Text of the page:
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Police ask for good-faith call for drug overdoses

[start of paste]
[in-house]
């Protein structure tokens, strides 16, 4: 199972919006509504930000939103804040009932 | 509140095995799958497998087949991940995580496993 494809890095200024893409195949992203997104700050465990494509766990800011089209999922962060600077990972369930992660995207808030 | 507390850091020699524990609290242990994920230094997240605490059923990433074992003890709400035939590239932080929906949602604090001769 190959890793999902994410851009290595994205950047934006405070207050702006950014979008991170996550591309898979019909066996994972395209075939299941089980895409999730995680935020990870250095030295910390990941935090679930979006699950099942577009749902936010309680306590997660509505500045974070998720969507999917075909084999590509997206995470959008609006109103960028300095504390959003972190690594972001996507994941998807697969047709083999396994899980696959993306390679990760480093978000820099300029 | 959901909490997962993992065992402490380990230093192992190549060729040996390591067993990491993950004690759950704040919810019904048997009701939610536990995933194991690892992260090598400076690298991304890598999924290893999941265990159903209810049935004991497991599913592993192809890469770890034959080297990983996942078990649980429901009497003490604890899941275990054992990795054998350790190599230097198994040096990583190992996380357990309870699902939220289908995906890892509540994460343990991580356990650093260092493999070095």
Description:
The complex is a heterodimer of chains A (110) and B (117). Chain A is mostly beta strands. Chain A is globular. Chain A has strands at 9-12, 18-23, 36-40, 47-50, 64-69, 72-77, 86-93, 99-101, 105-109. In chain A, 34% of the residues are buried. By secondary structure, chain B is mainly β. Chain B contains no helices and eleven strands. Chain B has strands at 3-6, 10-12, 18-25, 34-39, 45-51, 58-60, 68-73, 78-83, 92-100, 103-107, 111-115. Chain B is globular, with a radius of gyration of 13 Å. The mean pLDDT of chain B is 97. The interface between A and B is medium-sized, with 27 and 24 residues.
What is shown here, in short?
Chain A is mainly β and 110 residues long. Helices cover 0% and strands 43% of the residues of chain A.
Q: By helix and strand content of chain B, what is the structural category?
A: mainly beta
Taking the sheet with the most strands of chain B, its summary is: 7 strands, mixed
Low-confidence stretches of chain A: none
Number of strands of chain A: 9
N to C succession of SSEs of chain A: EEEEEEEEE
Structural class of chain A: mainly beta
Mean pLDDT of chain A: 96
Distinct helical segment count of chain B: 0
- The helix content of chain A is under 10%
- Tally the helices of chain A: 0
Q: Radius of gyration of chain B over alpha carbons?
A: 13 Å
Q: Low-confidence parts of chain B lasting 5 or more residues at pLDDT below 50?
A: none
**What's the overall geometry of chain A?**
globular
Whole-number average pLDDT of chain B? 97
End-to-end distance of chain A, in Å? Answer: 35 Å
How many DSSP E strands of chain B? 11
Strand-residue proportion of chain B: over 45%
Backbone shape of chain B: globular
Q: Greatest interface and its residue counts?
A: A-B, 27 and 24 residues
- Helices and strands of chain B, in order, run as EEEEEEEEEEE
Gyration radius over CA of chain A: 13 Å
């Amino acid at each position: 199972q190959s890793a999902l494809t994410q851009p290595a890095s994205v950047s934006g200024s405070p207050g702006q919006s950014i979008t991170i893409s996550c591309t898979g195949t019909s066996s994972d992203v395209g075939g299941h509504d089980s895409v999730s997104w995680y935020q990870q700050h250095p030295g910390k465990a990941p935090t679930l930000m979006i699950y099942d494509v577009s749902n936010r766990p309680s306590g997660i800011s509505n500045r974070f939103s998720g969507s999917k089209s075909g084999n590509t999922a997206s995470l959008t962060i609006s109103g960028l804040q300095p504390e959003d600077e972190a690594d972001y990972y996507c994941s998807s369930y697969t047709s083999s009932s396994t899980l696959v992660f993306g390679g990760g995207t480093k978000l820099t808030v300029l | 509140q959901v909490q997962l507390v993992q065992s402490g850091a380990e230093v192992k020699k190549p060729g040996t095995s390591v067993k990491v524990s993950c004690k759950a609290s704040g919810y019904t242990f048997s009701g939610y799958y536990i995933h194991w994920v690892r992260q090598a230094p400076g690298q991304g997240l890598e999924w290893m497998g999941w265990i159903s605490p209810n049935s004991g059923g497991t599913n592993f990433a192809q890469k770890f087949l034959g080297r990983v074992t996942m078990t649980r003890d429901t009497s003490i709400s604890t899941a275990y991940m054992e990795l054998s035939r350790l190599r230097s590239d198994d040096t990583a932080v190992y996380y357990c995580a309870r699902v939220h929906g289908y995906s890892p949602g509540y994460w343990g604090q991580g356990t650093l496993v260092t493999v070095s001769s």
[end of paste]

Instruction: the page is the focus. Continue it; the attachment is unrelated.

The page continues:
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Police Chief Allen Krajcik called last week for anyone accompanying a person experiencing a drug overdose to make a good-faith ambulance call without concern for the possibility of arrest. Krajcik’s concern stemmed from a rash of opiate abuse around the region, and an avalanche of overdoses locally. He said Massachusetts General Law Chapter 94C, Section 34A – or the Good Samaritan Law – protects people who call for emergency medical services for someone in that danger. “All too often, people are hesitant to call for an ambulance when a friend is overdosing for fear of being criminally charged with possession of drugs,’’ he said in a news release. “Delaying medical attention to an overdose victim can lead to death or brain injury.” Krajcik said police normally respond with the ambulance to medical calls but if drugs are found as a result of someone calling 911 for aid an overdose victim, officers cannot charge either the caller or the victim for possession of drugs.

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